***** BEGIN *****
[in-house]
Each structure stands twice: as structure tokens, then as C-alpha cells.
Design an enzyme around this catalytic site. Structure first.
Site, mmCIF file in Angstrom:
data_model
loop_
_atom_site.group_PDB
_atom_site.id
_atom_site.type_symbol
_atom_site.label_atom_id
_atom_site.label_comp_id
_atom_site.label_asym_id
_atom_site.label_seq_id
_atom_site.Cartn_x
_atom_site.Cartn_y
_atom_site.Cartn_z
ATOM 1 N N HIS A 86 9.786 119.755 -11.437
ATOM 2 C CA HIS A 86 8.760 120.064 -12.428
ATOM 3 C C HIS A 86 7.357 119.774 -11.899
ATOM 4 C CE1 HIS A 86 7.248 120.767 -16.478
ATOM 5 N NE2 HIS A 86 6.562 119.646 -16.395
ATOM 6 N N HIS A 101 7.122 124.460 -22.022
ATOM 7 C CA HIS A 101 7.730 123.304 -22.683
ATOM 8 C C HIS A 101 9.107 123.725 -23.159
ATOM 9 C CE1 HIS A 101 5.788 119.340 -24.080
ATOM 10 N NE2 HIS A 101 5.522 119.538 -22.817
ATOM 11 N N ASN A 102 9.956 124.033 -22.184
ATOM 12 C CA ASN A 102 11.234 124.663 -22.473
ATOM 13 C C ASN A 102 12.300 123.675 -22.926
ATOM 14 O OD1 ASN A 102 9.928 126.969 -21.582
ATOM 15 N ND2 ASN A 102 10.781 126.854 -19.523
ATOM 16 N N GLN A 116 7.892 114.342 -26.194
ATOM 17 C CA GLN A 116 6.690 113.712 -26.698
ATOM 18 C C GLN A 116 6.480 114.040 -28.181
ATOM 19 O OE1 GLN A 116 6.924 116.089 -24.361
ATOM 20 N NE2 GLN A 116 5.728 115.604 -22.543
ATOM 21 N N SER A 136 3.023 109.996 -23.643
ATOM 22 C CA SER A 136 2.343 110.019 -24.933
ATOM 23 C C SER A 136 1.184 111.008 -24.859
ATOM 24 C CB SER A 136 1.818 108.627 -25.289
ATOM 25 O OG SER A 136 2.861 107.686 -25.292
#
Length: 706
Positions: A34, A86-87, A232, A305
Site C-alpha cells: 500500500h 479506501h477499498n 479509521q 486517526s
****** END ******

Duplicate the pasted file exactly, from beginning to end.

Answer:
[in-house]
Each structure stands twice: as structure tokens, then as C-alpha cells.
Design an enzyme around this catalytic site. Structure first.
Site, mmCIF file in Angstrom:
data_model
loop_
_atom_site.group_PDB
_atom_site.id
_atom_site.type_symbol
_atom_site.label_atom_id
_atom_site.label_comp_id
_atom_site.label_asym_id
_atom_site.label_seq_id
_atom_site.Cartn_x
_atom_site.Cartn_y
_atom_site.Cartn_z
ATOM 1 N N HIS A 86 9.786 119.755 -11.437
ATOM 2 C CA HIS A 86 8.760 120.064 -12.428
ATOM 3 C C HIS A 86 7.357 119.774 -11.899
ATOM 4 C CE1 HIS A 86 7.248 120.767 -16.478
ATOM 5 N NE2 HIS A 86 6.562 119.646 -16.395
ATOM 6 N N HIS A 101 7.122 124.460 -22.022
ATOM 7 C CA HIS A 101 7.730 123.304 -22.683
ATOM 8 C C HIS A 101 9.107 123.725 -23.159
ATOM 9 C CE1 HIS A 101 5.788 119.340 -24.080
ATOM 10 N NE2 HIS A 101 5.522 119.538 -22.817
ATOM 11 N N ASN A 102 9.956 124.033 -22.184
ATOM 12 C CA ASN A 102 11.234 124.663 -22.473
ATOM 13 C C ASN A 102 12.300 123.675 -22.926
ATOM 14 O OD1 ASN A 102 9.928 126.969 -21.582
ATOM 15 N ND2 ASN A 102 10.781 126.854 -19.523
ATOM 16 N N GLN A 116 7.892 114.342 -26.194
ATOM 17 C CA GLN A 116 6.690 113.712 -26.698
ATOM 18 C C GLN A 116 6.480 114.040 -28.181
ATOM 19 O OE1 GLN A 116 6.924 116.089 -24.361
ATOM 20 N NE2 GLN A 116 5.728 115.604 -22.543
ATOM 21 N N SER A 136 3.023 109.996 -23.643
ATOM 22 C CA SER A 136 2.343 110.019 -24.933
ATOM 23 C C SER A 136 1.184 111.008 -24.859
ATOM 24 C CB SER A 136 1.818 108.627 -25.289
ATOM 25 O OG SER A 136 2.861 107.686 -25.292
#
Length: 706
Positions: A34, A86-87, A232, A305
Site C-alpha cells: 500500500h 479506501h477499498n 479509521q 486517526s